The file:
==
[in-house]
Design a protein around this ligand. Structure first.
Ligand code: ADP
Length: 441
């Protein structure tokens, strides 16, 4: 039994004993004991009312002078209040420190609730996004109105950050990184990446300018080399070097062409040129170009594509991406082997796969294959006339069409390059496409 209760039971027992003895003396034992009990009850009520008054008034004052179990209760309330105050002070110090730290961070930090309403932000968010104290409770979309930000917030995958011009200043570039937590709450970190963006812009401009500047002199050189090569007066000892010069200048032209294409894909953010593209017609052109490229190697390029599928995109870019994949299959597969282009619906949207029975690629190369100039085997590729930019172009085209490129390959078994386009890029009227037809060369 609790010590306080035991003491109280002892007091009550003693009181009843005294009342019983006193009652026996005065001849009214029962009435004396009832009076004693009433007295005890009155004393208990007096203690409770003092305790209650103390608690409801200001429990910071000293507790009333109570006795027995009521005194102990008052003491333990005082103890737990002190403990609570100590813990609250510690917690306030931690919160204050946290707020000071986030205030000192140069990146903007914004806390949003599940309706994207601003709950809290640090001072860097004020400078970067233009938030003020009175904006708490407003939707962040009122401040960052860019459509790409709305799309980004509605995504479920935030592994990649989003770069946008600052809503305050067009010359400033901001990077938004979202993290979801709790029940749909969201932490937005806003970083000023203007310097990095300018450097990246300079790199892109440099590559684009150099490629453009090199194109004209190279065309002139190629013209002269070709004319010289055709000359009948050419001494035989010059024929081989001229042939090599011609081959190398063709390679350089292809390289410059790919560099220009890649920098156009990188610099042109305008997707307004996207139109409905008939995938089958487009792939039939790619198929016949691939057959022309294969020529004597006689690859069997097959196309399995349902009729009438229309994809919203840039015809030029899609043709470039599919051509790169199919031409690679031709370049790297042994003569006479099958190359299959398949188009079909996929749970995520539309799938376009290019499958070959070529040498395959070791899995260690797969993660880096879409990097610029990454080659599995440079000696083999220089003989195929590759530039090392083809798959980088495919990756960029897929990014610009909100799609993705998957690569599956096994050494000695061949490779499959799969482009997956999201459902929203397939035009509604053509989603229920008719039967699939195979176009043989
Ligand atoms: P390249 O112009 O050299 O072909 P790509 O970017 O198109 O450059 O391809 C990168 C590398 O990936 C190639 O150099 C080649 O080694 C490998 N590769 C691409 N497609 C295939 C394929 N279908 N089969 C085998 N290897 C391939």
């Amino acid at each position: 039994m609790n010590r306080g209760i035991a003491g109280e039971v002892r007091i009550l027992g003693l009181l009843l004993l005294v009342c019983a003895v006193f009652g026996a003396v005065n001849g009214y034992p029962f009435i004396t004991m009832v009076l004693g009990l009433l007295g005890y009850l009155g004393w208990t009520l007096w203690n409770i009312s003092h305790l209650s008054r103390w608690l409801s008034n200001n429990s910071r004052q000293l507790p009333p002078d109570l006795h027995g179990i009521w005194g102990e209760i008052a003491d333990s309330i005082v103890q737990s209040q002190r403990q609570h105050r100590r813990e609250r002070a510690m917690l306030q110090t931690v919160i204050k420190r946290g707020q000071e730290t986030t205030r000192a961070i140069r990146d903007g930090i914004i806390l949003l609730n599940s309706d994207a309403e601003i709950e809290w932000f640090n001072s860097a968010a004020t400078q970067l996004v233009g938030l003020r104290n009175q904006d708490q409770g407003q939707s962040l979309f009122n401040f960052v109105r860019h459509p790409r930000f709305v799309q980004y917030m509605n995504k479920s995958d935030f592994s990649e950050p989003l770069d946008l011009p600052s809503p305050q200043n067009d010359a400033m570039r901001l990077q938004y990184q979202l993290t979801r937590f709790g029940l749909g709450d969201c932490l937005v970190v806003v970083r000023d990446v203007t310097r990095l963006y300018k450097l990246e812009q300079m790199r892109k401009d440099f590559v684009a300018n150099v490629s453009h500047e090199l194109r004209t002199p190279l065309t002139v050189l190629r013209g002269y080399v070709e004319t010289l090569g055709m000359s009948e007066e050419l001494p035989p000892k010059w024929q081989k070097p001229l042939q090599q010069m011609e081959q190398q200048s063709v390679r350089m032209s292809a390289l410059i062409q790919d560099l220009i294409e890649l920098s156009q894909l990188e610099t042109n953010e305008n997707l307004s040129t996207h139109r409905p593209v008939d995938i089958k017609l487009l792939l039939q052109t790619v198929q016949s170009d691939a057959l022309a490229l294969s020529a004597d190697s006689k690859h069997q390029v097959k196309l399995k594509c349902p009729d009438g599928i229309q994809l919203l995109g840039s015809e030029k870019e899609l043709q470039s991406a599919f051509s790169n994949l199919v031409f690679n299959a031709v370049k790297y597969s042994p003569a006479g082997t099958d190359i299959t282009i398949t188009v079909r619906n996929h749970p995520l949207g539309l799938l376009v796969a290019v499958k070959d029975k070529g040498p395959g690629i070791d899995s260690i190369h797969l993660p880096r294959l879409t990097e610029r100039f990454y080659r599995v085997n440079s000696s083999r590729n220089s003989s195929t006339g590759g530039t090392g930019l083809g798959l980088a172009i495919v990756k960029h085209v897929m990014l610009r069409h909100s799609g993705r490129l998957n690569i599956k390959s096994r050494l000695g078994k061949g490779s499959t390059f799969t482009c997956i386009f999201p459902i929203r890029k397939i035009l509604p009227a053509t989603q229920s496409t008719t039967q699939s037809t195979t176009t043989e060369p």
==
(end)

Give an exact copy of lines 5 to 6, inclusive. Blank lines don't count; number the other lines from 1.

């Protein structure tokens, strides 16, 4: 039994004993004991009312002078209040420190609730996004109105950050990184990446300018080399070097062409040129170009594509991406082997796969294959006339069409390059496409 209760039971027992003895003396034992009990009850009520008054008034004052179990209760309330105050002070110090730290961070930090309403932000968010104290409770979309930000917030995958011009200043570039937590709450970190963006812009401009500047002199050189090569007066000892010069200048032209294409894909953010593209017609052109490229190697390029599928995109870019994949299959597969282009619906949207029975690629190369100039085997590729930019172009085209490129390959078994386009890029009227037809060369 609790010590306080035991003491109280002892007091009550003693009181009843005294009342019983006193009652026996005065001849009214029962009435004396009832009076004693009433007295005890009155004393208990007096203690409770003092305790209650103390608690409801200001429990910071000293507790009333109570006795027995009521005194102990008052003491333990005082103890737990002190403990609570100590813990609250510690917690306030931690919160204050946290707020000071986030205030000192140069990146903007914004806390949003599940309706994207601003709950809290640090001072860097004020400078970067233009938030003020009175904006708490407003939707962040009122401040960052860019459509790409709305799309980004509605995504479920935030592994990649989003770069946008600052809503305050067009010359400033901001990077938004979202993290979801709790029940749909969201932490937005806003970083000023203007310097990095300018450097990246300079790199892109440099590559684009150099490629453009090199194109004209190279065309002139190629013209002269070709004319010289055709000359009948050419001494035989010059024929081989001229042939090599011609081959190398063709390679350089292809390289410059790919560099220009890649920098156009990188610099042109305008997707307004996207139109409905008939995938089958487009792939039939790619198929016949691939057959022309294969020529004597006689690859069997097959196309399995349902009729009438229309994809919203840039015809030029899609043709470039599919051509790169199919031409690679031709370049790297042994003569006479099958190359299959398949188009079909996929749970995520539309799938376009290019499958070959070529040498395959070791899995260690797969993660880096879409990097610029990454080659599995440079000696083999220089003989195929590759530039090392083809798959980088495919990756960029897929990014610009909100799609993705998957690569599956096994050494000695061949490779499959799969482009997956999201459902929203397939035009509604053509989603229920008719039967699939195979176009043989
Ligand atoms: P390249 O112009 O050299 O072909 P790509 O970017 O198109 O450059 O391809 C990168 C590398 O990936 C190639 O150099 C080649 O080694 C490998 N590769 C691409 N497609 C295939 C394929 N279908 N089969 C085998 N290897 C391939």